This time next week, I’ll be eating breakfast in my new home in Prague. After back-and-forth journeys and plenty of false starts, I’ll finally be starting on my adventure in the Czech Republic in earnest. But to be honest, I’m not sure how I feel about that.
The new decade has just begun, but I’ve already spent most of it living in the past. My brain has been stuck on an internal rewind function, reliving moments from the past, anxiety-warped thoughts trying to explain seemingly unjustifiable old hardships. I know I haven’t had a terrible life, but I’ve experienced more than my fair share of rejection both professionally and personally in my twenties.
I’ve worked extremely hard to grow out of being someone who was afraid to leave their room when most others were moving out of their parents’ homes, but fear that behind every door lurks another person or institution ready to hurt me has caused me to relapse more and more often over the past month.
One of the functions of the future continuous tense is to describe an action that will be in progress at a particular moment in the future. This is where my brain needs to learn to live. I hope that sometime soon, my thoughts will be residing in this space permanently. Accepting the past, acknowledging my sadness, but not trying to constantly dissect it. Instead, I should have both eyes pointed at the horizon and not see a reflection of yesterday, but a completely unknown and potentially great tomorrow.
Easy to say, hard to practice.
One of the only constants that I can remember running throughout my entire life is my desire to be a writer. I’ve never been sure in what capacity or how, and I’m nowhere closer to identifying that then I was in second grade, but if I’m not producing written work, I know I won’t be happy.
Although I put my work out there into the public sphere a lot in university, when it came to journalism and comedy pieces, my more creative aspirations have mostly remained on the shelf. I took a creative writing class in my third year at SFU that morphed into a weird group therapy program and somehow put me in a confrontational relationship with the professor, and it made me retreat further inwards.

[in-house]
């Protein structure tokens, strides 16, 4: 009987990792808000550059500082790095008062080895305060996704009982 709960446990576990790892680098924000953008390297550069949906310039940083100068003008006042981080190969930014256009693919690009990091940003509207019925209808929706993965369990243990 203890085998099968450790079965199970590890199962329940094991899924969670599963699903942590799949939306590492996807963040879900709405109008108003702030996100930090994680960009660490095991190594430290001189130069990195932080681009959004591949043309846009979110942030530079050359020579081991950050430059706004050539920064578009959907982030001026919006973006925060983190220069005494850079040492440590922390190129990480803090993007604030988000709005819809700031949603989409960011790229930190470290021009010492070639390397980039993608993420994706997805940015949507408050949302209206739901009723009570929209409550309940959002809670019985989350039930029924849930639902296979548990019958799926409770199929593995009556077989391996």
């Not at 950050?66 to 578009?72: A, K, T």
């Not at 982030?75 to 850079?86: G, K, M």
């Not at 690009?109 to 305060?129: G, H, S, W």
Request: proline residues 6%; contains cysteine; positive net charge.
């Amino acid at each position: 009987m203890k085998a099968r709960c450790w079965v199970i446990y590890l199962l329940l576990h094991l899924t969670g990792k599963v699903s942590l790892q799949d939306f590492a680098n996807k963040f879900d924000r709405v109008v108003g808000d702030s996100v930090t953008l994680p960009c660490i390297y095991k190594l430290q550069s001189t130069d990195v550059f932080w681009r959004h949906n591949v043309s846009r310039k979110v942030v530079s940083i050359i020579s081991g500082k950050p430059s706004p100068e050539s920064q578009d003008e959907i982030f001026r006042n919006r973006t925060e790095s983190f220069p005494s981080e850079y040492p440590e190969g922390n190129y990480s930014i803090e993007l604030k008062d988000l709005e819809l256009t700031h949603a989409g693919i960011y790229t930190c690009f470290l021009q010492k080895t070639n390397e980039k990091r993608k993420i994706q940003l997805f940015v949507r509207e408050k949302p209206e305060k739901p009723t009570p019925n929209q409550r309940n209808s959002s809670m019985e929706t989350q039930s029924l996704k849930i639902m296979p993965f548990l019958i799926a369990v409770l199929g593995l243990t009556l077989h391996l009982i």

Looking to the future, however, I threw all caution to the wind and recently entered the NYC Midnight Short Story Competition. You pay a fee and then they give you a genre, a topic, and a character, and you are tasked with developing a 2,500-word prose piece. If your work is determined by judges to be in the top five of a 30-person heat, you move on to the next round with similar guidelines but less time. Overall, there are four rounds and a bunch of great prizes. Even if you do not advance though, you get feedback from experts and can submit it to a forum to hear back from any number of the 4,000+ other competitors.
I was tasked with writing a Horror about Bodybuilding with a House-sitter involved. While the writing process was arduous, it was also extremely fun and satisfying to see the final work. If you’re curious about reading it, click the link below.
Future continuous is also used to talk about fixed future events. I will be finding out the results of round one and getting feedback on March 31. It’s a long time to wait for someone as impatient as me, but I think this project might open my creative floodgates. I’m going to try to write more shorts stories, push to actually put out an online project I’ve been working on, and get back to editing the young adult/children’s novel that I finished in August.
I can’t dwell on past failures too much longer, but also need to be wary of being too paranoid about the present. Due to the way I’ve felt let down in the past, I often find myself negatively using the third use of future continuous, which is for the prediction of current action.
They’ll all hate my story, I’m sure it’s no good. She’ll probably be looking for an excuse not to see me. I’m too often focused on what someone might be doing and while it’s a hard habit to break, it is undeniably a waste of time. If I don’t have any evidence beyond crude mental recreations of the past, I need to be trusting of others until given concrete reasons not to be.
As for my new life in Prague, I’ll be starting a teaching job almost as soon as I get there and I’m excited but also very nervous to get a routine going. My Visa came just in time to not disrupt my plans too much. I’ll be teaching adults both in group classes and in one-to-ones, using a textbook for the most part. Beyond that, I don’t really know what it will be like. So many other thoughts have been clouding my focus recently, but I hope it can serve as a positive distraction.
The future is relentless, but if I can keep myself only looking in that direction, there may just be something wonderful waiting for me.